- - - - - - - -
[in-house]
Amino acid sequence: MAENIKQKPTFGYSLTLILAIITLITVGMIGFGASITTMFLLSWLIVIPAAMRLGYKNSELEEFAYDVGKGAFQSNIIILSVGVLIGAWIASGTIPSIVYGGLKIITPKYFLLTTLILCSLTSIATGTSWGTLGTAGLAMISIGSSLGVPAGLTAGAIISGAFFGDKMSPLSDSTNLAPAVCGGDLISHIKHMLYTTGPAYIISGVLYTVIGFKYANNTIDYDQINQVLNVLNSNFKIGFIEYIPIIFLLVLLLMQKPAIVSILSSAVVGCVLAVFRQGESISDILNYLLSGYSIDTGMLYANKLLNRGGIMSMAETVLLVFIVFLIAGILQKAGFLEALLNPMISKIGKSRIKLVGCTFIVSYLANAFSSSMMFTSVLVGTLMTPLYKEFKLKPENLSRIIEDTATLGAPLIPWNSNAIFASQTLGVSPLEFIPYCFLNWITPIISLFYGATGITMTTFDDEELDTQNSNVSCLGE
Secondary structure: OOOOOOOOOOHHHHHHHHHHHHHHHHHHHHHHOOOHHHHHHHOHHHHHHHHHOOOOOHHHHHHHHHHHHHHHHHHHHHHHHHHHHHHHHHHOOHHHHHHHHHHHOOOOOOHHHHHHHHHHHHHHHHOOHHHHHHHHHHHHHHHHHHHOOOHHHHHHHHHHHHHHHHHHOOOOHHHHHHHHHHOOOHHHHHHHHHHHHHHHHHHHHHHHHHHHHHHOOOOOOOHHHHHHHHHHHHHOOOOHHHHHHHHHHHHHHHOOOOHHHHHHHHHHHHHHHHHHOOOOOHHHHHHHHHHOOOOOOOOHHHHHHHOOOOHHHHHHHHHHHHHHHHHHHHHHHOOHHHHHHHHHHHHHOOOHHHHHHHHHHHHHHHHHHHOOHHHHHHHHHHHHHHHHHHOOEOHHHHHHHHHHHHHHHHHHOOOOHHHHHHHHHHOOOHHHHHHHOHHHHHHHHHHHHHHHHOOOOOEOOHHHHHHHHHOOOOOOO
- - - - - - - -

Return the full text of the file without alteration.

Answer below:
[in-house]
Amino acid sequence: MAENIKQKPTFGYSLTLILAIITLITVGMIGFGASITTMFLLSWLIVIPAAMRLGYKNSELEEFAYDVGKGAFQSNIIILSVGVLIGAWIASGTIPSIVYGGLKIITPKYFLLTTLILCSLTSIATGTSWGTLGTAGLAMISIGSSLGVPAGLTAGAIISGAFFGDKMSPLSDSTNLAPAVCGGDLISHIKHMLYTTGPAYIISGVLYTVIGFKYANNTIDYDQINQVLNVLNSNFKIGFIEYIPIIFLLVLLLMQKPAIVSILSSAVVGCVLAVFRQGESISDILNYLLSGYSIDTGMLYANKLLNRGGIMSMAETVLLVFIVFLIAGILQKAGFLEALLNPMISKIGKSRIKLVGCTFIVSYLANAFSSSMMFTSVLVGTLMTPLYKEFKLKPENLSRIIEDTATLGAPLIPWNSNAIFASQTLGVSPLEFIPYCFLNWITPIISLFYGATGITMTTFDDEELDTQNSNVSCLGE
Secondary structure: OOOOOOOOOOHHHHHHHHHHHHHHHHHHHHHHOOOHHHHHHHOHHHHHHHHHOOOOOHHHHHHHHHHHHHHHHHHHHHHHHHHHHHHHHHHOOHHHHHHHHHHHOOOOOOHHHHHHHHHHHHHHHHOOHHHHHHHHHHHHHHHHHHHOOOHHHHHHHHHHHHHHHHHHOOOOHHHHHHHHHHOOOHHHHHHHHHHHHHHHHHHHHHHHHHHHHHHOOOOOOOHHHHHHHHHHHHHOOOOHHHHHHHHHHHHHHHOOOOHHHHHHHHHHHHHHHHHHOOOOOHHHHHHHHHHOOOOOOOOHHHHHHHOOOOHHHHHHHHHHHHHHHHHHHHHHHOOHHHHHHHHHHHHHOOOHHHHHHHHHHHHHHHHHHHOOHHHHHHHHHHHHHHHHHHOOEOHHHHHHHHHHHHHHHHHHOOOOHHHHHHHHHHOOOHHHHHHHOHHHHHHHHHHHHHHHHOOOOOEOOHHHHHHHHHOOOOOOO